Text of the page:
Everybody loves free stuff. Even if we have to spend thousands of dollars to get it, if we didn't go to a store and directly purchase it, it feels free and that's a great feeling. Rewards credit cards may feel this way, but they can be quite deceiving.

As our grandparents may have told us nothing is free and that's true with rewards credit cards. Although credit cards can be a bit complicated alone, some credit card experts advise that if you're going to use a credit card, make it a rewards card. While there's certainly some wisdom in that advice, it's not advice that everybody should follow. Those rewards may not be rewards at all. You may have paid a lot of money to earn that $50 gift card.

SEE: Credit Cards

The Interest Rate Is Higher
Those same credit card experts warn consumers not to open a rewards credit card if they routinely hold a balance because the interest rate is normally higher. Rewards cards may add 2 to 3% to the interest rate in order to offer those rewards points. If you're the type of person that holds a balance, a rewards card is probably not the best choice. Instead, find a quality card with a low interest rate.

SEE: 3 New Types Of Credit Cards To Look For

Most People Carry a Balance
According to creditcards.com, if you represent the average American household, you have an average of $15,799 in credit card debt. Of the 73% of households that have a credit card, 60% hold a balance making rewards credit cards a bad choice for most. If you can find a card with an interest rate comparable to the cards without a reward, a cash back card may still make sense but those offers are difficult to find.

The Annual Fee
One out of every four credit cards may have an annual fee with a median amount of $50, according to creditcards.com. This annual fee can wipe out the value of the rewards received by the average user even if they don't hold a balance. Experts want you to call the card company and get the annual fee waved. Many card companies will waive the fee rather than lose your business.

You May Not Use the Rewards
Are you one of those people who doesn't have the time to evaluate credit card offers? Maybe you have so many automatic payments charged to your card that switching to a different rewards card would be a task too monumental for you to take on right now. If that is your story, you're not alone. Many people are in rewards cards that don't fit their lifestyle and don't have the time or desire to make the change.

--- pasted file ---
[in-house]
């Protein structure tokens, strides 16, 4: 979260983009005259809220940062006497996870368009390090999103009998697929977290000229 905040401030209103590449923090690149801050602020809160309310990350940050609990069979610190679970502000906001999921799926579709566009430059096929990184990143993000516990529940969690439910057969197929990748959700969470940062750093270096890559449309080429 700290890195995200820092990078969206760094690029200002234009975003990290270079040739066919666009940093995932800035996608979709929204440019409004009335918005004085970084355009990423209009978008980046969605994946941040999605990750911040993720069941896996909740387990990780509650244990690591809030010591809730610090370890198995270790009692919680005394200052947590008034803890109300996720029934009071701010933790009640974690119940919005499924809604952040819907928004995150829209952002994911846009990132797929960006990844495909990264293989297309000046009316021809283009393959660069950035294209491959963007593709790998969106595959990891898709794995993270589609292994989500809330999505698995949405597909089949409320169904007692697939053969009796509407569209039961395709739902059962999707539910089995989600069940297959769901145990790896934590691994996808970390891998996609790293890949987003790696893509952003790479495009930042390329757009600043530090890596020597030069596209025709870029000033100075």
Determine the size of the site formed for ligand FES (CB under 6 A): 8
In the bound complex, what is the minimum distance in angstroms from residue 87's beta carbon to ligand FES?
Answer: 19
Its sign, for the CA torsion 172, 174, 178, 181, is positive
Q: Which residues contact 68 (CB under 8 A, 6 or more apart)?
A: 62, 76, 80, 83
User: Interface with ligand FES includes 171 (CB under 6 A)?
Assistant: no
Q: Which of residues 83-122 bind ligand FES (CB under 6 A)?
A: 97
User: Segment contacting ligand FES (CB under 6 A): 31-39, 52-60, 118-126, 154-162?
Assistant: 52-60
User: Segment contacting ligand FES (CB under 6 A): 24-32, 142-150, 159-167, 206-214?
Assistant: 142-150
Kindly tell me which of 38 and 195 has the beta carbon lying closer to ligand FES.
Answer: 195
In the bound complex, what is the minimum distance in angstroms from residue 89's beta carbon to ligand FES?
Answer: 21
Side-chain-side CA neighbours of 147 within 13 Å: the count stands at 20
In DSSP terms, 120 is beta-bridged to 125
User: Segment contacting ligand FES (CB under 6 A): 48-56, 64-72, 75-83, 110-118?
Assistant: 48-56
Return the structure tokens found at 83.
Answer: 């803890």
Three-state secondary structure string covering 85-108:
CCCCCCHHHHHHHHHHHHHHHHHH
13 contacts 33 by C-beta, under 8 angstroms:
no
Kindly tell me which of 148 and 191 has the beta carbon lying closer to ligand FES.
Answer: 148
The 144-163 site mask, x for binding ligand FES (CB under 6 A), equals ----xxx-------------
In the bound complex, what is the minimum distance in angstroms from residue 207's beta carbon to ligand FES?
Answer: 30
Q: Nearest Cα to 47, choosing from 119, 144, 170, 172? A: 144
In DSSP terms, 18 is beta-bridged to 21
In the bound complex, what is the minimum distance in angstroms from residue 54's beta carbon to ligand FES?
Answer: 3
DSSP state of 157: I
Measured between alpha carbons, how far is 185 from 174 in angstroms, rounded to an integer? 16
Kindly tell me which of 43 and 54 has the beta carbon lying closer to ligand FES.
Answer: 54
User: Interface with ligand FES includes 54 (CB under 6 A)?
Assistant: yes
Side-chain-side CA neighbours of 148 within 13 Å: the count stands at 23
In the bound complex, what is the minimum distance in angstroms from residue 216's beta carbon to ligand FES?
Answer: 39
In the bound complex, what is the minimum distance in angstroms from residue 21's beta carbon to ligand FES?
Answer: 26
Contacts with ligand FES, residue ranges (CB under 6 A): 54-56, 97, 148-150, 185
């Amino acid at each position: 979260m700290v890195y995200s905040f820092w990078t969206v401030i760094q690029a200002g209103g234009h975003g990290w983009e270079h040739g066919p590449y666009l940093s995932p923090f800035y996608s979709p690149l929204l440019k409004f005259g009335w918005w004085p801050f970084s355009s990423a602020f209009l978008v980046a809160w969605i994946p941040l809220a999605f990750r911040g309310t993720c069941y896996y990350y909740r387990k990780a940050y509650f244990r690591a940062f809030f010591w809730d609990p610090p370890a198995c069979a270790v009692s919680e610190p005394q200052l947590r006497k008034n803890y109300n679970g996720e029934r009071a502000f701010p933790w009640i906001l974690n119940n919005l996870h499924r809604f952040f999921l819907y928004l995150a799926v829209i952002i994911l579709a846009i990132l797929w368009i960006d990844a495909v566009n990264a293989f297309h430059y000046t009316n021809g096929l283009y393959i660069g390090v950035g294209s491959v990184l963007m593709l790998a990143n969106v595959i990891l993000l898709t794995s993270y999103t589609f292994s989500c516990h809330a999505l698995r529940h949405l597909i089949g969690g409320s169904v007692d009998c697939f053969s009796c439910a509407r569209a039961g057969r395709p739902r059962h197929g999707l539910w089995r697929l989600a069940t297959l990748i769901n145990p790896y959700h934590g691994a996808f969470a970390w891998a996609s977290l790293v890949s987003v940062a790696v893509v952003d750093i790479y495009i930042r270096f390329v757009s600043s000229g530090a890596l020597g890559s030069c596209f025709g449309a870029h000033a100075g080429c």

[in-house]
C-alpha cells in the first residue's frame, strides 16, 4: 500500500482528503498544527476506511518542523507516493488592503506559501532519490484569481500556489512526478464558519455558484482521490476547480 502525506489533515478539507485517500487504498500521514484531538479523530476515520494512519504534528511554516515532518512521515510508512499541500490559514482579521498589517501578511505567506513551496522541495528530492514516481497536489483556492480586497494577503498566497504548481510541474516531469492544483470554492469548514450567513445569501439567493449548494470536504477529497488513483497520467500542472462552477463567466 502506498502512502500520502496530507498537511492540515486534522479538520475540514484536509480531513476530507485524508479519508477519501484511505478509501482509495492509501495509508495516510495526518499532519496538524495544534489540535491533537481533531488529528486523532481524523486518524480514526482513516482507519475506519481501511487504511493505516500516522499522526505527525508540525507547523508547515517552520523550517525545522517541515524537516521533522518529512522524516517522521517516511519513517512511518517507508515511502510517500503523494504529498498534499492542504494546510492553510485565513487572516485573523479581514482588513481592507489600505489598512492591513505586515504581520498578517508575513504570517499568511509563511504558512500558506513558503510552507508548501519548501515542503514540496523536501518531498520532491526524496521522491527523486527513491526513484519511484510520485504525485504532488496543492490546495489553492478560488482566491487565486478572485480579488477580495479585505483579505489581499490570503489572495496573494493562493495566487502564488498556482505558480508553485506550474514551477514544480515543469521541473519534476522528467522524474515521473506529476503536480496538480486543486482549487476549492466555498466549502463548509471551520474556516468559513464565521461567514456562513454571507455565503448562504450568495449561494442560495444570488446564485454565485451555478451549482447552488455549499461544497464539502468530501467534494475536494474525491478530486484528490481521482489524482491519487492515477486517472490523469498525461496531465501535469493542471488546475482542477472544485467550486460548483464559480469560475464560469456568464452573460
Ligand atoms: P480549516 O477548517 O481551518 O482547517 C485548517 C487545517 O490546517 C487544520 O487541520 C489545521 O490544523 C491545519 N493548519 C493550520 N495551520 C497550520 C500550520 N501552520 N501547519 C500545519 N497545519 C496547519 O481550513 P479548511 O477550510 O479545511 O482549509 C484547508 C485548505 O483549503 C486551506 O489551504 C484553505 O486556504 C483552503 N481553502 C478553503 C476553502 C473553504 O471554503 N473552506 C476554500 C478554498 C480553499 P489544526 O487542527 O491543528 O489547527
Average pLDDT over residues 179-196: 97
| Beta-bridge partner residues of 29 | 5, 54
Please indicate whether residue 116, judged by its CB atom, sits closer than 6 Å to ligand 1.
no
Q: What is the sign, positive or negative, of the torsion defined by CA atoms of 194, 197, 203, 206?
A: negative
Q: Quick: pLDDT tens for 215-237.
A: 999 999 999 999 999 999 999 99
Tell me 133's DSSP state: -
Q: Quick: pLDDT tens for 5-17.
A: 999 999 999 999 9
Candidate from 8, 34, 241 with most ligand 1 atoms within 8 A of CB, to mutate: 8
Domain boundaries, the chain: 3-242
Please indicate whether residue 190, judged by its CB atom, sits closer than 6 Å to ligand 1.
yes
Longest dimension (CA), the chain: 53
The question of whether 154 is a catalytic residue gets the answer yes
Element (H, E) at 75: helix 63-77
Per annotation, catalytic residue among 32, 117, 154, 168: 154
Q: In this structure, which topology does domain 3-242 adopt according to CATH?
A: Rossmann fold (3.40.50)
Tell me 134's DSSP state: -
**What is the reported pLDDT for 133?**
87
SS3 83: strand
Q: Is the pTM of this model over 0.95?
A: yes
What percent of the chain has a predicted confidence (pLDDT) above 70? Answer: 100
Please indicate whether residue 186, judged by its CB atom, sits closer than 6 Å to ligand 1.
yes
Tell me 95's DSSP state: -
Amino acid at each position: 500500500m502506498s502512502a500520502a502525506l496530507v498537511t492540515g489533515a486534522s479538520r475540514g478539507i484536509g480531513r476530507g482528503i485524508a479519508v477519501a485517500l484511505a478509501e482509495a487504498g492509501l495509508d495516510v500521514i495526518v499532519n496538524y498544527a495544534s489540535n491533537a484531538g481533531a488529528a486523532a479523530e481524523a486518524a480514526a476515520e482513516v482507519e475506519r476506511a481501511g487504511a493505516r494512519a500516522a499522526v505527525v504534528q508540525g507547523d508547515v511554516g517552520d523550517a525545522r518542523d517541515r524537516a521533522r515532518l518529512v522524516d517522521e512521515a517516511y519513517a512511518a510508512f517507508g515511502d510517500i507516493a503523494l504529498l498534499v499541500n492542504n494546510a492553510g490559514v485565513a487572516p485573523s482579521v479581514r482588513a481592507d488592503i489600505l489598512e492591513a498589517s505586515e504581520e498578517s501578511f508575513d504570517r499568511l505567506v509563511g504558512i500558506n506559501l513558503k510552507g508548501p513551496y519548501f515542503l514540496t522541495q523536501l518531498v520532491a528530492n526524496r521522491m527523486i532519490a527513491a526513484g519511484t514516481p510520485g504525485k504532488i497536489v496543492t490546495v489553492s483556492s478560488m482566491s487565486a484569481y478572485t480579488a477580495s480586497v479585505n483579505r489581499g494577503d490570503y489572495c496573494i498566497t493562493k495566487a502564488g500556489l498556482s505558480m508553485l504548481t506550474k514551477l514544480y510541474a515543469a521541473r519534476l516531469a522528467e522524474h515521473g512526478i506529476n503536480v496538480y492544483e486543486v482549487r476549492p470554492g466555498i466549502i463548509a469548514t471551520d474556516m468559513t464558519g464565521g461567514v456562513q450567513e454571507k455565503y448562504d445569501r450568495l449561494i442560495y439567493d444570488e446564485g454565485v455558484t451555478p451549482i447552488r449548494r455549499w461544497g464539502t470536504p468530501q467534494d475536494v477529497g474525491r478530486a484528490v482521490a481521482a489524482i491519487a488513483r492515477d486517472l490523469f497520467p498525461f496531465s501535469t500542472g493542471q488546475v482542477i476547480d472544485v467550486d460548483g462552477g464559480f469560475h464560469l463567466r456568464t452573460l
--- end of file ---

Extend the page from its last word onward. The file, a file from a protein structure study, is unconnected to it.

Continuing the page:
If you're amassing rewards in the form of airline miles, but you rarely travel or vacation, those miles may expire before you have the opportunity to use them. Cash rewards cards may be the best choice for people with a lifestyle that doesn't include traveling, and they would rather have the rewards applied directly to their balance instead of picking rewards from a catalog.

SEE: 10 Considerations For Using Your Credit Card Abroad

Rewards Devaluation
Did you know that your rewards points have value and that over time they lose spending power just like your money? Remember when a movie was under $10 or when gas was less than $1? The same thing happens with your rewards points or miles. Over time, it takes more points to purchase products making the points or miles you earned less valuable the longer you hold them.

The best way to avoid rewards devaluation is to use your points or miles as soon as possible. Cash rewards cards that award cash back towards your balance automatically helps to avoid devaluation, and one of many great ways to make your credit card work for you.

The Bottom Line
As with any financial product, your individual financial profile dictates which products are right for you. If you hold a balance or charge a small amount on your cards, rewards cards probably aren't the best fit for you. Low interest rate credit cards with no annual fee are likely more suited to your needs.

Related Articles
  1. Savings

    How Volatile Exchange Rates Affect Your Vacation